The creative process can be broken down into steps, followed methodically, and achieve results every time. Occasionally, the creative person has a “eureka” moment when an idea pops fully formed into the mind. Most ideas are born of agony.
Even when you follow the process, you always have moments of self-doubt. Will your audience recognize the value of your concept? Or will you look like a fool? Will you be able to explain how you arrived at your proof so that others can see the brilliance of your solution? The more “out of the box” your thinking, the harder it will be for the people in cubicles to accept.
Sometimes you follow the process, but you just can’t come up with that spark that makes it fun. For any number of reasons, you lack the motivation. You fear the well has finally run dry for good. You consider applying for a cashier’s position at Target. Fear will kill your creativity faster than anything. This is the time to remind yourself that you are talented, you can solve this problem, and go do the things that renew your spirit. Take a look at creativity triggers. Then overwhelm the impasse with quantity.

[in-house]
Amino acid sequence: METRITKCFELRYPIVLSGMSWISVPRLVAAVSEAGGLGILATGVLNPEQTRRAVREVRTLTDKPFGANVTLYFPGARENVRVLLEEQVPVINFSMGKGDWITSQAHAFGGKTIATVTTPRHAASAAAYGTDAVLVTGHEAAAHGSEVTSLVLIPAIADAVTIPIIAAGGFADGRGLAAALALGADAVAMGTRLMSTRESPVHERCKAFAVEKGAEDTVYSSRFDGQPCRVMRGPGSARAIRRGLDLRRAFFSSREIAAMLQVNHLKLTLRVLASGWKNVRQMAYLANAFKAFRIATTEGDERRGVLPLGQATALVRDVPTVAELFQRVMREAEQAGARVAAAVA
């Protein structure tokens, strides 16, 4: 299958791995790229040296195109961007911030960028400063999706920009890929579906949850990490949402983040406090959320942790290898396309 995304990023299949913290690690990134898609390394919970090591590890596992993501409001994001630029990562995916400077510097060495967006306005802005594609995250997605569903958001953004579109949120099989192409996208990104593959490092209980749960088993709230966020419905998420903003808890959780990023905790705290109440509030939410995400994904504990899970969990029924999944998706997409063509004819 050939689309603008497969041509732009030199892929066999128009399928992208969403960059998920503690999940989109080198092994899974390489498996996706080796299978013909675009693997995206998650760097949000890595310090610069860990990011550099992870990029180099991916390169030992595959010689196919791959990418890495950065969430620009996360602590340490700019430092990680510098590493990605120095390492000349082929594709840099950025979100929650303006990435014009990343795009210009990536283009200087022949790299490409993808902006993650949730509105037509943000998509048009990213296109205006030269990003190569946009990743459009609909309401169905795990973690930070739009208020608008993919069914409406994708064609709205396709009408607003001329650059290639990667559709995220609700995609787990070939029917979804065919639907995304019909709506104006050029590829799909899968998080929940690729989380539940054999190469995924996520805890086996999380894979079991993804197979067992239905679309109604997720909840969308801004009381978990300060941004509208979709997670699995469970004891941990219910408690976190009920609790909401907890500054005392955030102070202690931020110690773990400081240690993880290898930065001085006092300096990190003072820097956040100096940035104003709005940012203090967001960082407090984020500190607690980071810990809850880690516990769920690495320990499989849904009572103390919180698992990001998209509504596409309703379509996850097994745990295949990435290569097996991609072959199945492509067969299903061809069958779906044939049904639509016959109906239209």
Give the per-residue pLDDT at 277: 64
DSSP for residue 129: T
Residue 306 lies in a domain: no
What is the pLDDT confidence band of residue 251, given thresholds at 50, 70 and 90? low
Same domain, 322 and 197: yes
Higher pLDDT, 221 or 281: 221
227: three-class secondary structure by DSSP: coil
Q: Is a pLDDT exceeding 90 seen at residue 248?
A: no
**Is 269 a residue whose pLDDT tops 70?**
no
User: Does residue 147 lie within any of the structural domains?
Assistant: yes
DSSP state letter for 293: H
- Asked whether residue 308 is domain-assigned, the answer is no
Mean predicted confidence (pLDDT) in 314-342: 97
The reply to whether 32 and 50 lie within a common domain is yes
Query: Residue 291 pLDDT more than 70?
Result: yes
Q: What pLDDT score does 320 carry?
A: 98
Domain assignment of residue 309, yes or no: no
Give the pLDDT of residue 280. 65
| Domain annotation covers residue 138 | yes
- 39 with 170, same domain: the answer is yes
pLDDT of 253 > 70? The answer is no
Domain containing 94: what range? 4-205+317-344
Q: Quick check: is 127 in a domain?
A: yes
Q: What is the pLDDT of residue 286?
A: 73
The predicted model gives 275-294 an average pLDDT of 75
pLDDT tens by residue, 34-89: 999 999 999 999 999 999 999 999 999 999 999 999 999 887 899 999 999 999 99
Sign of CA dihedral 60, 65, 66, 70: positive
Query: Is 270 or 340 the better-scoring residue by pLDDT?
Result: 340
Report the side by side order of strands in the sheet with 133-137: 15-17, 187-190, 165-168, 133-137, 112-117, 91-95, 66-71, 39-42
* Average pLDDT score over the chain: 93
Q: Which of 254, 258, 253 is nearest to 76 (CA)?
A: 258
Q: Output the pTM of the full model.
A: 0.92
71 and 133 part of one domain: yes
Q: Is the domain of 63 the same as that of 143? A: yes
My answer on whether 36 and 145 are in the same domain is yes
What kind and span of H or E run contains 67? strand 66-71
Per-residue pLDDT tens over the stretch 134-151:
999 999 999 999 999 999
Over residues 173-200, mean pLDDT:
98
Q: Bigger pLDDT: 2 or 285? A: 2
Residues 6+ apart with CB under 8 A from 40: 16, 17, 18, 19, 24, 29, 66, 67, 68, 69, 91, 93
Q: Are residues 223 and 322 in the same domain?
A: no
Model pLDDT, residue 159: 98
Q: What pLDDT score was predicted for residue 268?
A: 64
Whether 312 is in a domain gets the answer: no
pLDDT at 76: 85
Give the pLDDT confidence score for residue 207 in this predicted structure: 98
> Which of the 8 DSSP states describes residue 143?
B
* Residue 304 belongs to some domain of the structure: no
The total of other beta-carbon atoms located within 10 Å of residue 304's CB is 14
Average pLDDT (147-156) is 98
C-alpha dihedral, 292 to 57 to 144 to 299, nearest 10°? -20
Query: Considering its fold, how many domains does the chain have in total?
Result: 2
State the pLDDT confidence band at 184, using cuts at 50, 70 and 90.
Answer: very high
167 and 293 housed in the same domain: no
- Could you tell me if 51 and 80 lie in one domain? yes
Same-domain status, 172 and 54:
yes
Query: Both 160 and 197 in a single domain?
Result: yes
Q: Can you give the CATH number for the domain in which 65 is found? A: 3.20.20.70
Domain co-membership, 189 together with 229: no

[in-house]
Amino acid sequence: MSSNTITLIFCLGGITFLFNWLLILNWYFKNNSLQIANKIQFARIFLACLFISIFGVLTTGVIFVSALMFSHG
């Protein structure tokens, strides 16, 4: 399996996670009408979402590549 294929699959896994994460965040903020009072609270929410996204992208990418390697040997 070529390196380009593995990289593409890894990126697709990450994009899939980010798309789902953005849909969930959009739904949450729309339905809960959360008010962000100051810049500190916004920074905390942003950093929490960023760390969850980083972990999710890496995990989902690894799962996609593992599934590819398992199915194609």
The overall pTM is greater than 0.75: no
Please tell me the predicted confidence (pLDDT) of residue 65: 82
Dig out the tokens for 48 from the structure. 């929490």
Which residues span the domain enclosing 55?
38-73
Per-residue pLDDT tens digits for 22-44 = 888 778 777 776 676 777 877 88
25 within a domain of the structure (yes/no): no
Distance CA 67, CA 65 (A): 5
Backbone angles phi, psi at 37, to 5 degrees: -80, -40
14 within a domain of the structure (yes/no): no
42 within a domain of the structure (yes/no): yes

Then comes the agony of the critique, where you witness your “baby” cut apart, watered down, and compromised for political purposes. Everyone on the committee will want to “contribute” by offering another suggestion that you’ll have to address. The best advice I’ve heard for overcoming the torture of a hundred little revisions is “Do better work.” Proofread, correct any obvious mistakes, look at it from different distances and angles, take a break and look at it again. I try to only present proofs that I am happy with myself. Never present something that you have to apologize for. I do not take criticism personally. I try to use every suggestion as on opportunity to make the project better.
Is the agony worth it? Do you have the inner confidence to present something that’s never been seen before? Are you comfortable with being the one who thinks differently? Everyone has to decide that individually.